St Kilda are appealing Ben Long's one-game suspension in a bid to free the defender for Friday night's crunch AFL semi-final against Richmond.
The Saints are lodging their appeal, after the AFL tribunal on Monday night upheld his ban for rough conduct against the Western Bulldogs' Jack Macrae.
The club will put Long's case before an appeal board on Wednesday night.
St Kilda coach Brett Ratten said Long never meant to collect the Bulldogs midfielder with a high bump.
"Ben's intention wasn't to hit Jack Macrae, his intention was to impact the contest at the centre bounce," Ratten told SEN on Tuesday.
Long is currently set to be the Saints' third forced change after ruckman Paddy Ryder suffered a season-ending hamstring tendon injury and defender Jake Carlisle left Queensland to be with his partner ahead of the birth of their third child.
Long had pleaded guilty to the rough conduct charge - considered careless conduct, high contact and medium impact - but attempted to have it downgraded to low impact, which would have reduced his sanction to a fine.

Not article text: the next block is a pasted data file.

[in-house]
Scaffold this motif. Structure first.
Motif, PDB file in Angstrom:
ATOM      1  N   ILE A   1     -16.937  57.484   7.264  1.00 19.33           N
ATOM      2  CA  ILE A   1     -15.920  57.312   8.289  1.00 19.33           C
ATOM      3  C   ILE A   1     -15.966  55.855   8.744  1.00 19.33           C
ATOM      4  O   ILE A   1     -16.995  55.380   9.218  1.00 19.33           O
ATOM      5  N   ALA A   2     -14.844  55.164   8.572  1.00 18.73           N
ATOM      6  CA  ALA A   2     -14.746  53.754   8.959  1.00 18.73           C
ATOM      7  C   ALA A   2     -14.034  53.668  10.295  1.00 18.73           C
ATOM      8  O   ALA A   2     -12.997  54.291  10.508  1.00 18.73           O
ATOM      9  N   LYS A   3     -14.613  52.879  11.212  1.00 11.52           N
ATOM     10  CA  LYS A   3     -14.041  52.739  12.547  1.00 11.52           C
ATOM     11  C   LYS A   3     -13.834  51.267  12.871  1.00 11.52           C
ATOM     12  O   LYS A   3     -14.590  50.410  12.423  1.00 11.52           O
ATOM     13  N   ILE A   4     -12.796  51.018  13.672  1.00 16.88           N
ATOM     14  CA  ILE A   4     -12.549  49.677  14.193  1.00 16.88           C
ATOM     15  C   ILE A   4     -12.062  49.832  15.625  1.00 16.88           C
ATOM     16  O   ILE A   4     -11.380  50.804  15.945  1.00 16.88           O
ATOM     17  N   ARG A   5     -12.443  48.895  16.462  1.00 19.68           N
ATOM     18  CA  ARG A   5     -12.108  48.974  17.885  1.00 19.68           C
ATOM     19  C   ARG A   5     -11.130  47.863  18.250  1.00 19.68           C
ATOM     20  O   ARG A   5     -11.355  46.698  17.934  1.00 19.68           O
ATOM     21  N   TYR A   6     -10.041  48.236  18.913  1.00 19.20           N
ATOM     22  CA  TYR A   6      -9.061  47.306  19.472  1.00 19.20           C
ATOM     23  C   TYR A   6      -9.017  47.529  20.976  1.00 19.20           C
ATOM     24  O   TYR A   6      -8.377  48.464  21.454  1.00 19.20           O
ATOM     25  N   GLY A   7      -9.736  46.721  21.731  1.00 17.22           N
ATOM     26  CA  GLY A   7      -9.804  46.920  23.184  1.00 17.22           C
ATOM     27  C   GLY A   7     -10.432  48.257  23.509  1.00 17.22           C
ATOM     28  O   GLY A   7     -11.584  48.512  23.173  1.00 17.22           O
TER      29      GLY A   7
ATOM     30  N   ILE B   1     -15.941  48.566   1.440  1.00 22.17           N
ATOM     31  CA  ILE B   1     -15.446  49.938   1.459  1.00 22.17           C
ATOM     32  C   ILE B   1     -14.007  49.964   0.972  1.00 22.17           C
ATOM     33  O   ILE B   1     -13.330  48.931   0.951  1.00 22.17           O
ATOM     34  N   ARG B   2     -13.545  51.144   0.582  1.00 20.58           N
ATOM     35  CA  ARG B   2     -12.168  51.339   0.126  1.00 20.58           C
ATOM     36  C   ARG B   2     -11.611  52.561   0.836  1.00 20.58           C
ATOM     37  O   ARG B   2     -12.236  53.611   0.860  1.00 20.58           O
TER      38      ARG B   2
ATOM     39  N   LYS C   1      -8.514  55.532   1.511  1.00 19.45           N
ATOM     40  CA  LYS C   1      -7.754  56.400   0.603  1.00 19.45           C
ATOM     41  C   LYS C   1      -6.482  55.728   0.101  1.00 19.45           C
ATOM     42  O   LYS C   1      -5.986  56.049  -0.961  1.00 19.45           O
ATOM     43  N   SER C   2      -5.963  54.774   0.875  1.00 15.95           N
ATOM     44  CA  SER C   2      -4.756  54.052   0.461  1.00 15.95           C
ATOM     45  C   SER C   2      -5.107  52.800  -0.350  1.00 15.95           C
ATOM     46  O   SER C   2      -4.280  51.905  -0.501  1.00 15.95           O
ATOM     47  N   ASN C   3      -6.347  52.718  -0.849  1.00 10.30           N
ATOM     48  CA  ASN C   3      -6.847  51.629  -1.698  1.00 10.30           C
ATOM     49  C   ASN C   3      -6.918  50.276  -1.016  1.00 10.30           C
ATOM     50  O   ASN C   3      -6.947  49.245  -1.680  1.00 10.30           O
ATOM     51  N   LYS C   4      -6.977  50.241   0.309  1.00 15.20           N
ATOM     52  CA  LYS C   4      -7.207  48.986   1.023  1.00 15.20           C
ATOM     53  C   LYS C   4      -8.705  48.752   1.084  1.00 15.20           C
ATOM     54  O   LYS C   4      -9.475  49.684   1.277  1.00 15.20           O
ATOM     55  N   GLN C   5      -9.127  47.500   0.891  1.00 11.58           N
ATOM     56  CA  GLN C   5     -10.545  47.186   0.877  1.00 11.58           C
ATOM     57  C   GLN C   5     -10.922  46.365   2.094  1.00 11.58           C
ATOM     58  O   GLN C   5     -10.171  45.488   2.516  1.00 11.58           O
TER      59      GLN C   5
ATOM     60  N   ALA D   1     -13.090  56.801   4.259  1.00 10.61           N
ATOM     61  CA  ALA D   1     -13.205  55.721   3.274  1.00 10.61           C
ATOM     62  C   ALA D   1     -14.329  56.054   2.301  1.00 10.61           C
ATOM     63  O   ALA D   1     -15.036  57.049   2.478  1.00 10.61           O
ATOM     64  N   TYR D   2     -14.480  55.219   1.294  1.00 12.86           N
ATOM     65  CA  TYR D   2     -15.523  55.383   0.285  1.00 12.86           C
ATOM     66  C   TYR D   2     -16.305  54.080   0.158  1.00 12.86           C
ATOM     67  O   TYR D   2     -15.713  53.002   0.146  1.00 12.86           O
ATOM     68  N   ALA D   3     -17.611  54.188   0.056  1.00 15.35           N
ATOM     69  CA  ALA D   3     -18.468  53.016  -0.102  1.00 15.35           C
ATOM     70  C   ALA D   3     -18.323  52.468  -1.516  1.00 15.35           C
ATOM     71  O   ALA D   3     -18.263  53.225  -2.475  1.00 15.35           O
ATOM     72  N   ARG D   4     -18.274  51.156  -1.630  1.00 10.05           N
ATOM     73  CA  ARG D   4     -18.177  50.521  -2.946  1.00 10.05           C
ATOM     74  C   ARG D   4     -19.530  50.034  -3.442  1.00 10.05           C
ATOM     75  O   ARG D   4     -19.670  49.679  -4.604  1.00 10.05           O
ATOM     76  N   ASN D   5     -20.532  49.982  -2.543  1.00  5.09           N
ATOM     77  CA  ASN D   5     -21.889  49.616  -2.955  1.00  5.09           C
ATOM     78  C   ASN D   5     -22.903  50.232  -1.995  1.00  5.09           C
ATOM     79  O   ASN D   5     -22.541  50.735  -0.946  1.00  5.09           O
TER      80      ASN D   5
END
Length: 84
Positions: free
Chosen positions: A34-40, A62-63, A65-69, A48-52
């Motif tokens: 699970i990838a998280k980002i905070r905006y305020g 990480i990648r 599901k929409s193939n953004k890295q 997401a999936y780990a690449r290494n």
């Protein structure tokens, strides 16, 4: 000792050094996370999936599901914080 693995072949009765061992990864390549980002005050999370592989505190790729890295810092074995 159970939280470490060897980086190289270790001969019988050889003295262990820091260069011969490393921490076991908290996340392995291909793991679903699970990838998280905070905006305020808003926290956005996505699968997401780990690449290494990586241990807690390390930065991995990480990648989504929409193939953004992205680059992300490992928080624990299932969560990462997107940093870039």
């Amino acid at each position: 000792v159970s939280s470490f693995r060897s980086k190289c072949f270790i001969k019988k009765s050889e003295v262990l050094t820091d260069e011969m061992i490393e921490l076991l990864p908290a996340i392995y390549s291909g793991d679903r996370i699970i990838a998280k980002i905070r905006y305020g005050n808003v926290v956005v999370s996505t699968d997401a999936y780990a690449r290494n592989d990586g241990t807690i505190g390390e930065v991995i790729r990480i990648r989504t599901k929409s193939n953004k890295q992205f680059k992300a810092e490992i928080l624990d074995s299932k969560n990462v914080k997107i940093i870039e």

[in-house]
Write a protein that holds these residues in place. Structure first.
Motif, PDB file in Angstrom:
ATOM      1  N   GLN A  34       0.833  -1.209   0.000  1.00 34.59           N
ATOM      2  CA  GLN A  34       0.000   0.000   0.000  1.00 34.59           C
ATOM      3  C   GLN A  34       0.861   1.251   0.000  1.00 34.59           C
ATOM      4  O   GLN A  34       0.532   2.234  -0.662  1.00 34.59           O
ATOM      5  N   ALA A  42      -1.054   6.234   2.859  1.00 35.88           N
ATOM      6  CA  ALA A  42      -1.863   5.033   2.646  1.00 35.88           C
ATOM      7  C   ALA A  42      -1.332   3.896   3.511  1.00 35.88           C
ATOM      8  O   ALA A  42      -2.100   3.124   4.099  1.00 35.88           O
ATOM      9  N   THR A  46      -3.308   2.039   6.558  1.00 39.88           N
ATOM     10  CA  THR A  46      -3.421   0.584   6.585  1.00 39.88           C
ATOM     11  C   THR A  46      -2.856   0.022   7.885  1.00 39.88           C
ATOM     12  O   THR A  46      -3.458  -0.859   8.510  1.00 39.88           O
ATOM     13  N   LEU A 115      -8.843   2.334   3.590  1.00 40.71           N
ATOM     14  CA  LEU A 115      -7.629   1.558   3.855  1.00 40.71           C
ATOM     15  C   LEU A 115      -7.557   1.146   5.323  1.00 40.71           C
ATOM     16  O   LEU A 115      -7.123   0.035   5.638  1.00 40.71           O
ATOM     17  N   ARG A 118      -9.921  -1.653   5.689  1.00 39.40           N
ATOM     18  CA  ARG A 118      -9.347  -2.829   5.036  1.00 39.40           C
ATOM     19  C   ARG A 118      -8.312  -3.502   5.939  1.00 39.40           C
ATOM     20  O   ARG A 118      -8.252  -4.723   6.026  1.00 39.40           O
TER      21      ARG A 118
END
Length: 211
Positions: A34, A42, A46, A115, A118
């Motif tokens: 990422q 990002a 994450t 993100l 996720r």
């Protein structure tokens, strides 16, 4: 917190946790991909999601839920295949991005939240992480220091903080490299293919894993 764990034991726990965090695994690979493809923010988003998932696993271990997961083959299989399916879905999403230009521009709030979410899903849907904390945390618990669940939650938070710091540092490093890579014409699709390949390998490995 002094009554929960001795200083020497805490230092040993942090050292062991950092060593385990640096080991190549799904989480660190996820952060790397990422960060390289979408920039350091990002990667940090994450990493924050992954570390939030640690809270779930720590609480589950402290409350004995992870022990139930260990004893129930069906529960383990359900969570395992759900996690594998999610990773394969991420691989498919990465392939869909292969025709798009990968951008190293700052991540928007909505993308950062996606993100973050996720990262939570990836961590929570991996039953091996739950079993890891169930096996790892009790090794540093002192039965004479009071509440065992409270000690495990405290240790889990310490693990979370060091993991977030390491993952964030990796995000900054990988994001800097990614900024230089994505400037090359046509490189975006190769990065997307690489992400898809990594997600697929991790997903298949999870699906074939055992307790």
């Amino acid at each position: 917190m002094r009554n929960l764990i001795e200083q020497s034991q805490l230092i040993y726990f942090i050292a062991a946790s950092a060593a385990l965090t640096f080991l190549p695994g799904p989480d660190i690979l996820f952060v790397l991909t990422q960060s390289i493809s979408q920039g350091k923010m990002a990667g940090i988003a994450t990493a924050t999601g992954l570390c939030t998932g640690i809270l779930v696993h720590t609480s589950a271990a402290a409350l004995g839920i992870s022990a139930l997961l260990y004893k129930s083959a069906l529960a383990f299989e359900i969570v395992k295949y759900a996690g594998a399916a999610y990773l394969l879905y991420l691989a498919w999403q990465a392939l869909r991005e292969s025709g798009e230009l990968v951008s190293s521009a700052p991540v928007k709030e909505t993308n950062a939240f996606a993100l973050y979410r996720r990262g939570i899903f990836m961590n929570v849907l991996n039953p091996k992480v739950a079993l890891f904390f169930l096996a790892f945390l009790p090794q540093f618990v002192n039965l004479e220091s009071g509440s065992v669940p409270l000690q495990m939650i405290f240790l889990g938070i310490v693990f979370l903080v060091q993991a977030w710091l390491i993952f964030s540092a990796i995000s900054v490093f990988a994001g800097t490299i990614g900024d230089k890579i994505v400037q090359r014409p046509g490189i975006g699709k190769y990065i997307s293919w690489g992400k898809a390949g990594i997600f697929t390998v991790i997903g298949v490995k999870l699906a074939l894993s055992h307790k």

Macrae played out the game after Long's bump and the Saints leaned heavily on the Bulldogs' medical report at the tribunal.
Ratten said the Saints may consider a different role for Long but they will continue their aggression from the back-half.
"If you look at a lot of teams in the way they play, I reckon half the teams in the competition have a halfback running in very hard," he said.
"We'll have to make a decision whether we have Ben doing that or someone else. It's part of the game, halfbacks coming in."
The medical report stated Macrae had required immediate on-field assessment but did not need to leave the field for treatment, there was no need for further investigation or ongoing treatment.
The AFL's legal counsel Jeff Gleeson QC focused on Long's momentum and the bump's "significant, forceful impact" and its potential to cause injury.
After hearing an hour of arguments, then deliberating for close to half an hour, the tribunal jury of Richard Loveridge, David Neitz and Paul Williams upheld the "medium" impact grading.
The jury said vision showed Macrae's head "snaps back on contact" from Long's shoulder, which indicated "clearly more than a glancing contact", and were surprised the Bulldog had "got up as readily as he did."